Leaving a greenhouse empty? Prevent damage to pump systems

One in five growers says they’re thinking of just leaving their greenhouse completely empty this winter, according to a survey conducted by the Dutch sector organizations Glastuinbouw Nederland and Plantum. Skipping a crop or starting later obviously has serious financial consequences. What many growers don’t realize, however, is that ‘just’ switching off their systems can also have consequences. Next time the pumps, pipes, and drippers are put to work, there’s a risk that they could malfunction. A few tips can help to prevent an extra financial damper due to unexpected repair costs.

If a pump system lies idle for several months, this can have unfortunate consequences. In the normal circulation process, no sediment collects at the bottom of the pump or in the pipes. This is not the case if the system is shut down: the sediment becomes encrusted, and when the pump is finally switched on, these hard chunks can cause blockage. The risk of accumulated sediment is slightly lower in pumps used for irrigation purposes because they work with clean water.

Corrosion is another threat, although it depends on the water quality. It can result in the impeller becoming stuck to the pump body. And the seals that form the barrier between the wet and dry parts can also stick together. If the two seal faces that make contact aren’t moved at all for a prolonged period, it will ultimately be impossible to separate them.

Beware of frozen pipes
Without heating in the greenhouse, there’s a very real risk of frozen pipes. When the water remaining in the pipes freezes, it expands. The pipes directly next to the exterior walls are the most likely to be damaged in the event of frost, possibly resulting in many meters of burst pipes. This risk is particularly great in older greenhouses with less insulation. The frost doesn’t even need to be very severe: just a couple of nights at minus two or three can be enough to cause damage.

High repair costs and consequential damage to the crop
Van der Ende Groep warns growers about the high repair costs that damage can involve. To remove sediment, the pump will have to be opened up and repaired. If the pump body has cracked due to freezing, the repair costs can even be so high that it makes more financial sense to simply buy a whole new pump.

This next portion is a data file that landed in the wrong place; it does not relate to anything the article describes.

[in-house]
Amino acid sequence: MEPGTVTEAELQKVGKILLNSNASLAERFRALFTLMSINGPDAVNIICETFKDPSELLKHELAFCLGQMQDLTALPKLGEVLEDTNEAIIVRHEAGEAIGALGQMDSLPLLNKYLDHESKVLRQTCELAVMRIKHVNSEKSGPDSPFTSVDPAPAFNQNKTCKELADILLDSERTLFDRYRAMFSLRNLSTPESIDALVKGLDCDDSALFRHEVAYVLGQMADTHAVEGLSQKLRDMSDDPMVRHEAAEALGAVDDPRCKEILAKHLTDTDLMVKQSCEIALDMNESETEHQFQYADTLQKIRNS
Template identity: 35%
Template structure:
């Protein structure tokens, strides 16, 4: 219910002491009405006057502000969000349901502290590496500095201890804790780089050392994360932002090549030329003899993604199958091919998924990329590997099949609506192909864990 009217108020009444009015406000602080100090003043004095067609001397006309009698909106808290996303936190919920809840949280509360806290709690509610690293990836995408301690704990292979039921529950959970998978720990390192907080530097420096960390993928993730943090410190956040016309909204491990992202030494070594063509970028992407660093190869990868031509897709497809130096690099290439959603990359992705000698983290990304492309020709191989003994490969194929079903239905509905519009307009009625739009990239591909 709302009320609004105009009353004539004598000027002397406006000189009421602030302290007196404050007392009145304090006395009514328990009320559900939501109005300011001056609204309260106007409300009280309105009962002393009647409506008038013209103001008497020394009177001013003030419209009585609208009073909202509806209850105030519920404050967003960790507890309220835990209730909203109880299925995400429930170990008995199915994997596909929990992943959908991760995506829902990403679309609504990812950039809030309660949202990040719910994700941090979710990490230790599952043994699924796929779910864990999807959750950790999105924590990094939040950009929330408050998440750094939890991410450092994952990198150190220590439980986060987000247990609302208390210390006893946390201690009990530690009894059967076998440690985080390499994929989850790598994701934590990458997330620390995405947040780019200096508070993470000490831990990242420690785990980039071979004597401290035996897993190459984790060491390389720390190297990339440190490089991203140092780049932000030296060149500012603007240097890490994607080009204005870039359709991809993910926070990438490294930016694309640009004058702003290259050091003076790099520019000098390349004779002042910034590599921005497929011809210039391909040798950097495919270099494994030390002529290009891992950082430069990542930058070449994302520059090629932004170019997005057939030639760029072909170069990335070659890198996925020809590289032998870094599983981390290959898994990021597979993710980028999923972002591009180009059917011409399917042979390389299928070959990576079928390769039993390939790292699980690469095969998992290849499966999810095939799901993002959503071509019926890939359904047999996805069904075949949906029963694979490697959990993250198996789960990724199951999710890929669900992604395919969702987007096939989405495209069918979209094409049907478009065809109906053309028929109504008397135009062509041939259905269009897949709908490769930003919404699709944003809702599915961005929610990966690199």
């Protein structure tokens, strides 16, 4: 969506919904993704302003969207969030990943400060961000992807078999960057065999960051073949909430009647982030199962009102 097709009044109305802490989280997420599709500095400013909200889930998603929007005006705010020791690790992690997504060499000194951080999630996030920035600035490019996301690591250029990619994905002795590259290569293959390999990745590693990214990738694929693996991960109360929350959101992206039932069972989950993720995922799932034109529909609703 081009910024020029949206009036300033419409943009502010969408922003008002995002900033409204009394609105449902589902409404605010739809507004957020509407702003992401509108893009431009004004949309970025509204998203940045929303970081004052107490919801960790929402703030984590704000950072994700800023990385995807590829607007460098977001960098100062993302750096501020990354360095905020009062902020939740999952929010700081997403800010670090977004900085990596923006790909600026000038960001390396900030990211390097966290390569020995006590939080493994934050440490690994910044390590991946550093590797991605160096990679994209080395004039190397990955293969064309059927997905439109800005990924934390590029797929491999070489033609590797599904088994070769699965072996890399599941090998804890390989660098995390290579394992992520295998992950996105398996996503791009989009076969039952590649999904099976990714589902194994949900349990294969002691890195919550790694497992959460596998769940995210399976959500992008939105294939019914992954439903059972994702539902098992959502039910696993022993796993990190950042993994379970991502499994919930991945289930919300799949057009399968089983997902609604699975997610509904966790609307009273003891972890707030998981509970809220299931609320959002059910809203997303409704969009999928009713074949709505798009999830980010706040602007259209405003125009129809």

The team at Van der Ende also knows from experience that growers usually only discover that something isn’t working when the new crop has already been planted in the greenhouse. Then it’s a matter of making urgent repairs to limit consequential damage to the crop. Van der Ende Groep can naturally be on site very quickly, thanks to its 24/7 repair service, and many products can be delivered immediately from stock, but prevention is always better than repair.

Prevention is better than repair
Van der Ende suggests that growers take preventive measures in order to avoid problems at a later stage. A few simple tips can make all the difference:

  • Switch irrigation systems on for a few minutes every week, creating demand for a short time and flushing out the pipes.
  • Don’t switch the heating boiler off completely. Instead, leave the pump running at low speed.
  • Carefully monitor the climate computer in terms of the greenhouse and water temperature during a period of frost so that you can turn up the heating in good time and protect the greenhouse from freezing.
  • If submersible pump systems for drainage or sewage, for example, are shut down for a long time, they should be switched on for two or three seconds every week. This not only lets water flow through the system but also keeps corrosion down to a minimum.
  • Run the pumps of the substrate system for a couple of minutes once every week or two weeks to keep the flushing function intact.

For more information:
Van der Ende Groep
Aartsdijkweg 23
2676 LE Maasdijk
+31 (0)174 51 50 50
sales@vanderendegroep.com
www.vanderendegroep.com

 


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